We’ve seen this movie before. Rather than address a nominee’s core competencies, the establishment engages in character slurs, asserting racism or the standard canard, anti-Semitism. For example, back in 2012 when President Obama nominated another war hero with contrarian views that threatened to upend to the bipartisan consensus, Chuck Hagel found himself on the receiving end of unfounded accusations of anti-Semitism by leading neo-conservatives, such as William Kristol, Eliot Cohen and Jennifer Rubin.
The focus on only a handful of Macgregor’s past statements are just a pretext for the real reasons his nomination is drawing fire. First, he is a target because his views run 180 degrees counter to those who compose the DC foreign policy “blob”, namely those working in government, think tanks, and academia, none of whom have ever been held to account for its many grave failures over the past 20 years.
Even worse, many of these same Establishment figures are now predictably reaching out to Democratic presidential candidate, Joe Biden. A report last week quoted unnamed “individuals who work for conservative think tanks in Washington” who have acknowledged “informally speaking with members of the Biden team in recent weeks.” The former Vice-President himself has spent his entire career in the beltway, and reflexively shares the prevailing biases of the Washington foreign policy consensus.
That’s certainly not Douglas Macgregor. He is one of the leading figures of Washington’s small and besieged but growing and determined, counter-establishment. In addition to his role as a contrarian commentator on Tucker Carlson’s popular broadcast, Macgregor is a member of the board of the Committee for the Republic which has long served as the social and intellectual nexus of DC’s counter-establishment.
The counter-establishment is rightly deemed a growing threat to the militarist status quo and plays a crucial role in pushing back against the bipartisan foreign policy that is instinctively predisposed to militarism and open-ended fiscal commitments to the Pentagon. Equally fundamental is that this group reflects the growing views of the American public which, according to recent polling, revealed a national voter population that is largely sceptical of the practicality or benefits of military intervention overseas.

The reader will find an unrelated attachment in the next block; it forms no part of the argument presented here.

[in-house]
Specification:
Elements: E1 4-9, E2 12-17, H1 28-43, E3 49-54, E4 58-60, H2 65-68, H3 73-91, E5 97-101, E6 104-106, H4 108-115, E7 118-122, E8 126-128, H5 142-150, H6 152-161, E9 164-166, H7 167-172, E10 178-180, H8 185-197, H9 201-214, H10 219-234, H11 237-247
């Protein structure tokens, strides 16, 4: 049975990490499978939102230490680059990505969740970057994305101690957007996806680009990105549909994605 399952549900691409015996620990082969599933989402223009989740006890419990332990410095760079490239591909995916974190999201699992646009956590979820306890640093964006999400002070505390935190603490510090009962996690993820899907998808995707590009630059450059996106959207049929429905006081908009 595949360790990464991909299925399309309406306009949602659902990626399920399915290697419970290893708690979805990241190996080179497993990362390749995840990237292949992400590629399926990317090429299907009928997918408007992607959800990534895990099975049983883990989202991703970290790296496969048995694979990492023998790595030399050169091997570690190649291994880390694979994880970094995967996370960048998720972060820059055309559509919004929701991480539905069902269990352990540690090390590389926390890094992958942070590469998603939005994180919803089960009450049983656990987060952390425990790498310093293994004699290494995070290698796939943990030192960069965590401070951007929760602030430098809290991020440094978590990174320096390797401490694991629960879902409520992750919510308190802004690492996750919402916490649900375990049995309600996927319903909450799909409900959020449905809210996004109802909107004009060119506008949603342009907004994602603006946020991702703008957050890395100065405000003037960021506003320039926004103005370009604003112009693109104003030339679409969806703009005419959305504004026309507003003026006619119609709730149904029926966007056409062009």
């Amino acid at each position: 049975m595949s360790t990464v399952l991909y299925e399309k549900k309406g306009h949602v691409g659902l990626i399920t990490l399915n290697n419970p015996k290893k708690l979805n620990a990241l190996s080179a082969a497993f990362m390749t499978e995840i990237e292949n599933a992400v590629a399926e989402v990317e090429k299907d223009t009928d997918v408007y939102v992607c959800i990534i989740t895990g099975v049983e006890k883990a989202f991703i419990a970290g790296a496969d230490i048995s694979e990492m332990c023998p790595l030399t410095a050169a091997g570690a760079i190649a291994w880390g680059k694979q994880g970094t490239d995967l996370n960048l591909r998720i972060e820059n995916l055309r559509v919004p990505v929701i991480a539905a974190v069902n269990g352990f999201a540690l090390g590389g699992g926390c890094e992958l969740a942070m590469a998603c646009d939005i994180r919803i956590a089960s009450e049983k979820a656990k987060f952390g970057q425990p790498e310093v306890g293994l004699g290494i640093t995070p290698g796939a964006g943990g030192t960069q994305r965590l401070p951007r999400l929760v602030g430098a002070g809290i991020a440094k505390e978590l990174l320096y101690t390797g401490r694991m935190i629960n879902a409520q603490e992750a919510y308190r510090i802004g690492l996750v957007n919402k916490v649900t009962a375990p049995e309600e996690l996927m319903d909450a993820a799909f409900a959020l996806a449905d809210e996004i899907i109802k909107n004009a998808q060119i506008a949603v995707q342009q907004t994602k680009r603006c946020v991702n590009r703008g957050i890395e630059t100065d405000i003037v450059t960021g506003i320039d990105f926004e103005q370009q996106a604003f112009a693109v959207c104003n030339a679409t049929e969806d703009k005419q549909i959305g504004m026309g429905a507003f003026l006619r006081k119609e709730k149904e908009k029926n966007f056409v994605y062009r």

Indeed, since the election of Donald Trump, DC ruling elites on both sides of the political aisle have made it abundantly clear that in their view the only people who are qualified to run for the presidency are those who refuse to question the status quo. Through incessant leaks against Trump and the dissemination of stories of dubious reporting (coincidentally, always occurring whenever a troop reduction anywhere is publicly mooted), they are seeking to ensure that never again will an outsider with heterodox views challenge the existing militarist status quo in a manner that subverts their foreign policy objectives.
Macgregor, if he had his way, would reduce the number of generals and colonels — and, of course, the huge amount of dollars now allocated to the Pentagon. President Trump, whether we approve of him or not (and the authors most assuredly do not) has not had, until now, a single high ranking member of his administration who understands, much less cares about what American imperial overreach has done to its own citizens. In Doug Macgregor, he finally will have a figure who will make this case very forcefully — and on an influential European stage.
The case for Macgregor’s confirmation is clear: after 20 years of endless wars during which they have been buffeted by three recessions and a global pandemic, the American people want the US to step away from the frontline and seek to solve problems at home. Macgregor’s appointment would move us closer to that goal. Were his nomination to be subverted, however, then we would see who really pulls the strings in Washington. It would also illustrate that, regardless of who wins the 2020 election, the country is likely to continue down the path to perpetual, ruinous warfare.